Mr. Gordon said the other dog returned to their house with a wound on its neck, but he wasn’t sure what caused the wound.

Little information

Ms. Jenkinson refused to identify the person who shot the dog.

“I got a dozen phone calls from newspapers, and I refuse to reply to them,” Ms. Jenkinson said Tuesday in a brief phone interview. “They never get it right, and the people involved don’t want it spread all over the paper. Two dogs went onto this man’s property, they chased the chickens, he tried to call them off, they would not budge.”

She said it is a very sensitive subject, and the dog owner did not want to know who shot his dog.

“I may have said that when I was talking to her,” Mr. Gordon said. “I was kind of hysterical when I picked up my dog, and I didn’t want to speak to anybody, but I would love to know as much as I could.”

The law is clear

Massachusetts law puts a heavy burden on dog owners to control their dogs, and imposes heavy penalties for those who do not. It also affords residents wide latitude to kill dogs that threaten their fowl or livestock.

Massachusetts General Law gives residents the right to kill a dog under specific but wide-ranging circumstances.

“Any person may kill a dog found out of the enclosure of its owner or keeper and not under his immediate care in the act of worrying, wounding, or killing persons, livestock or fowls,” the law reads. “He shall not be held liable for cruelty to the dog unless it shall be shown that he intended to be cruel to the dog, or that he acted with wanton and reckless disregard for the suffering of the dog. Prompt killing of a wounded dog, or a prompt report to the owner or to a dog officer of the wounding of the dog, shall be considered evidence of sufficient regard for the suffering of the dog.”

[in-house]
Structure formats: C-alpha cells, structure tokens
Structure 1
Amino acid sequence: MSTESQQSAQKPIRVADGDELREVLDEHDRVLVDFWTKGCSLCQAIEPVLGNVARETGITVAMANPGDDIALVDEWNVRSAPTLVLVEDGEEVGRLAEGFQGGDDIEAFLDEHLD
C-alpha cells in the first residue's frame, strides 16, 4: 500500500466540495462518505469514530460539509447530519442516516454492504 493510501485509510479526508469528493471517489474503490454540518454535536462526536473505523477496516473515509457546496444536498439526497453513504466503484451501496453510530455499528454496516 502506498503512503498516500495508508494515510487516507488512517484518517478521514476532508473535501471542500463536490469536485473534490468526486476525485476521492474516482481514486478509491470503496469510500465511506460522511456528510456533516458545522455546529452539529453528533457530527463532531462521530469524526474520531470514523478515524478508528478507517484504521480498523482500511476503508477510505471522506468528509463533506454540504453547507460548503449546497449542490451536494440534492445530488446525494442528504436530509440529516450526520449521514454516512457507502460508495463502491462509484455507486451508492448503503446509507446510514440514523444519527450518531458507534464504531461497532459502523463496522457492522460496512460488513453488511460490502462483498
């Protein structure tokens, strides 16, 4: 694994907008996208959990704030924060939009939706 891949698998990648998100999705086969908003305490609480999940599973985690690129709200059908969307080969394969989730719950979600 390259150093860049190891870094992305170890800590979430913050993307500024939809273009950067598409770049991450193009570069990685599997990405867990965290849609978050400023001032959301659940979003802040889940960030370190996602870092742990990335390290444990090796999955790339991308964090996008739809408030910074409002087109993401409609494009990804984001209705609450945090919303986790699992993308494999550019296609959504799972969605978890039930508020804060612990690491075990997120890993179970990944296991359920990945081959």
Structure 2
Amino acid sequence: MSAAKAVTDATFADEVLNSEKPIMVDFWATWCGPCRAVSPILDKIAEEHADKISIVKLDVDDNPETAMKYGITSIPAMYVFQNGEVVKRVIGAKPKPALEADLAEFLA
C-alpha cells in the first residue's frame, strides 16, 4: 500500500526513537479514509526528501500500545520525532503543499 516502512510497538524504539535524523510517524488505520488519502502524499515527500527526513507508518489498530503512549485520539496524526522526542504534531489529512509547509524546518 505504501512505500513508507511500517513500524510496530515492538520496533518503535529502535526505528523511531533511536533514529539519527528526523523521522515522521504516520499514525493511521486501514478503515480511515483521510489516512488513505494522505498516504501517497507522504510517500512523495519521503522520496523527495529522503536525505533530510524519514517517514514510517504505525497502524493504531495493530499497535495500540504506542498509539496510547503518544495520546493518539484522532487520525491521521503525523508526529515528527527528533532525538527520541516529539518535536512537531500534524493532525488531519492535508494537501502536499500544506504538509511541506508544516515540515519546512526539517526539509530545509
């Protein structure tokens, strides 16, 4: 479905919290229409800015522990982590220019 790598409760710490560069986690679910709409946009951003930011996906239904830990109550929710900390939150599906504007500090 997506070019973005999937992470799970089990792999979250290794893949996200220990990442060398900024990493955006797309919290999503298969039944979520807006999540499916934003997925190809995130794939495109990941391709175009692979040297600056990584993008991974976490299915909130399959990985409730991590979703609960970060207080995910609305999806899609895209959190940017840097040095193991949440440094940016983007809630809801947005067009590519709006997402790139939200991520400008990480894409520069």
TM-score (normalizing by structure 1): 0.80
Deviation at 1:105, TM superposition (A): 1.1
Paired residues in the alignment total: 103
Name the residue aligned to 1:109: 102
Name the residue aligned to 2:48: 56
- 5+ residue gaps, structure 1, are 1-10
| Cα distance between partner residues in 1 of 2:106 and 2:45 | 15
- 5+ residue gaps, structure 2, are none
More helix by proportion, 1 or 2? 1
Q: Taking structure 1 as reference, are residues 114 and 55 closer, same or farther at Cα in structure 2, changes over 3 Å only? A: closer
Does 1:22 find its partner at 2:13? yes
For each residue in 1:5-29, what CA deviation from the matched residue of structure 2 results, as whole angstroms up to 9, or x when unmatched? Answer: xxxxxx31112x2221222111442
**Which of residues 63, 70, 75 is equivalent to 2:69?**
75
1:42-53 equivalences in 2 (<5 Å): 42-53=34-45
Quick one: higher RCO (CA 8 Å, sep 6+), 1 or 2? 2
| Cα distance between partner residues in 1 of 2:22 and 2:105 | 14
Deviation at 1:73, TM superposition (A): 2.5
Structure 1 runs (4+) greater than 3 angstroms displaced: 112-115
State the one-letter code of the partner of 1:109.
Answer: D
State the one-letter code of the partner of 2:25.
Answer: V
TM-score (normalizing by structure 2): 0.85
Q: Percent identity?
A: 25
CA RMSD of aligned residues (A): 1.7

Anyone can file a written complaint with the board of selectmen against a dog that is harassing or killing livestock. Selectmen are required to hold a public hearing. They have three general options. The board can dismiss the complaint, declare the dog a nuisance, or declare the dog dangerous. If they declare the dog a nuisance or dangerous by formal vote, they can impose sanctions, ranging from various methods of restraint, all the way to euthanasia.

Under recent changes to the law, selectmen cannot order the dog banned from their town. Either party may appeal the selectmen’s decision to Edgartown District Court.

If a dog is declared dangerous and a law enforcement officer finds the animal loose, in violation of any restraint ordered by selectmen, the law requires that he kill the dog immediately. “Any police officer, constable or dog officer shall kill a dog which the selectmen of a town, chief of police of a city, or the county commissioners, or, upon review, the district court, shall have ordered to be restrained if such dog is again found outside the enclosure of its owner or keeper and not under his immediate care,” the law reads.

In cases where a dog is caught attacking livestock or fowl, the dog owner can be liable for triple the damages caused.

West Tisbury has a town bylaw regulating control of dogs. “All dogs owned or kept within the limit of the Town shall be restrained from running at large or shall be kept within the immediate control of their owners and keepers,” the bylaw reads.